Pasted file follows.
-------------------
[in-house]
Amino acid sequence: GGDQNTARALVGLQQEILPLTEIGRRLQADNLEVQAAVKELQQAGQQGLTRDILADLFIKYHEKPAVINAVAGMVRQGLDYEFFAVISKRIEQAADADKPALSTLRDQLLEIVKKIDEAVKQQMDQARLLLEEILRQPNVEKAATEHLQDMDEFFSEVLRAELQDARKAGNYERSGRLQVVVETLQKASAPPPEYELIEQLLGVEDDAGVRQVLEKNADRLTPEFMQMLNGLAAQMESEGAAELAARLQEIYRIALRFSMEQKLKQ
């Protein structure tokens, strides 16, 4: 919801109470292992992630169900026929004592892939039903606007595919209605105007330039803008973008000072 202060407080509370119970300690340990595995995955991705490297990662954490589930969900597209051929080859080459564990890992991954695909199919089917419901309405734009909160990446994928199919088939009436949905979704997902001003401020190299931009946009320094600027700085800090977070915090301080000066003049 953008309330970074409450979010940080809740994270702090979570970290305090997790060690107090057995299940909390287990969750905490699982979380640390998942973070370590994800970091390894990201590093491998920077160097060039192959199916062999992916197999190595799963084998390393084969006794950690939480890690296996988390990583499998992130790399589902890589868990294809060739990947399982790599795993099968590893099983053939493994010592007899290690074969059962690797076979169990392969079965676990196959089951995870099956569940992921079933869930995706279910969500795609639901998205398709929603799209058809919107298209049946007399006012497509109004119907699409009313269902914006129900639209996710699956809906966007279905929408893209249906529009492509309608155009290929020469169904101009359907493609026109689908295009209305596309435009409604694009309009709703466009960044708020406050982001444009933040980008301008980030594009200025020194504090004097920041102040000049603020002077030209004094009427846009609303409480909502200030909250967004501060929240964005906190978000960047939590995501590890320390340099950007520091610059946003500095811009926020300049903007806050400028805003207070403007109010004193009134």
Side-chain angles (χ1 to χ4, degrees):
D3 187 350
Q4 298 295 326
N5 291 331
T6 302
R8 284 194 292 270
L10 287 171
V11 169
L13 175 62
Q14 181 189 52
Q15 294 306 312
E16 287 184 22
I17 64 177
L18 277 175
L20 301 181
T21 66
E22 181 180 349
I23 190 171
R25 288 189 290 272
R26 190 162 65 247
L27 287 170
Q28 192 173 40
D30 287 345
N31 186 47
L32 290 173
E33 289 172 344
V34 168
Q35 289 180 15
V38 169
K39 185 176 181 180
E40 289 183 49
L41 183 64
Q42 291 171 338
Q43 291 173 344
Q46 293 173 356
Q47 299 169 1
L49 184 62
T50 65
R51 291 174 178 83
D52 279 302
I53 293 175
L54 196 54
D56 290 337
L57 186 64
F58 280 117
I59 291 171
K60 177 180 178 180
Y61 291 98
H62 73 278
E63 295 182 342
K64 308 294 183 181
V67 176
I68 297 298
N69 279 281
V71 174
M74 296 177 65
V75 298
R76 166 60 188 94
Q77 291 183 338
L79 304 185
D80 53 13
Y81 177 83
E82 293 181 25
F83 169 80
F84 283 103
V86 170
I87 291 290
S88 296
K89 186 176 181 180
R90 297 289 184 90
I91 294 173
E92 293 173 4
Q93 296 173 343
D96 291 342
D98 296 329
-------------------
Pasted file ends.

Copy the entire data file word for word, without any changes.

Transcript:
[in-house]
Amino acid sequence: GGDQNTARALVGLQQEILPLTEIGRRLQADNLEVQAAVKELQQAGQQGLTRDILADLFIKYHEKPAVINAVAGMVRQGLDYEFFAVISKRIEQAADADKPALSTLRDQLLEIVKKIDEAVKQQMDQARLLLEEILRQPNVEKAATEHLQDMDEFFSEVLRAELQDARKAGNYERSGRLQVVVETLQKASAPPPEYELIEQLLGVEDDAGVRQVLEKNADRLTPEFMQMLNGLAAQMESEGAAELAARLQEIYRIALRFSMEQKLKQ
């Protein structure tokens, strides 16, 4: 919801109470292992992630169900026929004592892939039903606007595919209605105007330039803008973008000072 202060407080509370119970300690340990595995995955991705490297990662954490589930969900597209051929080859080459564990890992991954695909199919089917419901309405734009909160990446994928199919088939009436949905979704997902001003401020190299931009946009320094600027700085800090977070915090301080000066003049 953008309330970074409450979010940080809740994270702090979570970290305090997790060690107090057995299940909390287990969750905490699982979380640390998942973070370590994800970091390894990201590093491998920077160097060039192959199916062999992916197999190595799963084998390393084969006794950690939480890690296996988390990583499998992130790399589902890589868990294809060739990947399982790599795993099968590893099983053939493994010592007899290690074969059962690797076979169990392969079965676990196959089951995870099956569940992921079933869930995706279910969500795609639901998205398709929603799209058809919107298209049946007399006012497509109004119907699409009313269902914006129900639209996710699956809906966007279905929408893209249906529009492509309608155009290929020469169904101009359907493609026109689908295009209305596309435009409604694009309009709703466009960044708020406050982001444009933040980008301008980030594009200025020194504090004097920041102040000049603020002077030209004094009427846009609303409480909502200030909250967004501060929240964005906190978000960047939590995501590890320390340099950007520091610059946003500095811009926020300049903007806050400028805003207070403007109010004193009134």
Side-chain angles (χ1 to χ4, degrees):
D3 187 350
Q4 298 295 326
N5 291 331
T6 302
R8 284 194 292 270
L10 287 171
V11 169
L13 175 62
Q14 181 189 52
Q15 294 306 312
E16 287 184 22
I17 64 177
L18 277 175
L20 301 181
T21 66
E22 181 180 349
I23 190 171
R25 288 189 290 272
R26 190 162 65 247
L27 287 170
Q28 192 173 40
D30 287 345
N31 186 47
L32 290 173
E33 289 172 344
V34 168
Q35 289 180 15
V38 169
K39 185 176 181 180
E40 289 183 49
L41 183 64
Q42 291 171 338
Q43 291 173 344
Q46 293 173 356
Q47 299 169 1
L49 184 62
T50 65
R51 291 174 178 83
D52 279 302
I53 293 175
L54 196 54
D56 290 337
L57 186 64
F58 280 117
I59 291 171
K60 177 180 178 180
Y61 291 98
H62 73 278
E63 295 182 342
K64 308 294 183 181
V67 176
I68 297 298
N69 279 281
V71 174
M74 296 177 65
V75 298
R76 166 60 188 94
Q77 291 183 338
L79 304 185
D80 53 13
Y81 177 83
E82 293 181 25
F83 169 80
F84 283 103
V86 170
I87 291 290
S88 296
K89 186 176 181 180
R90 297 289 184 90
I91 294 173
E92 293 173 4
Q93 296 173 343
D96 291 342
D98 296 329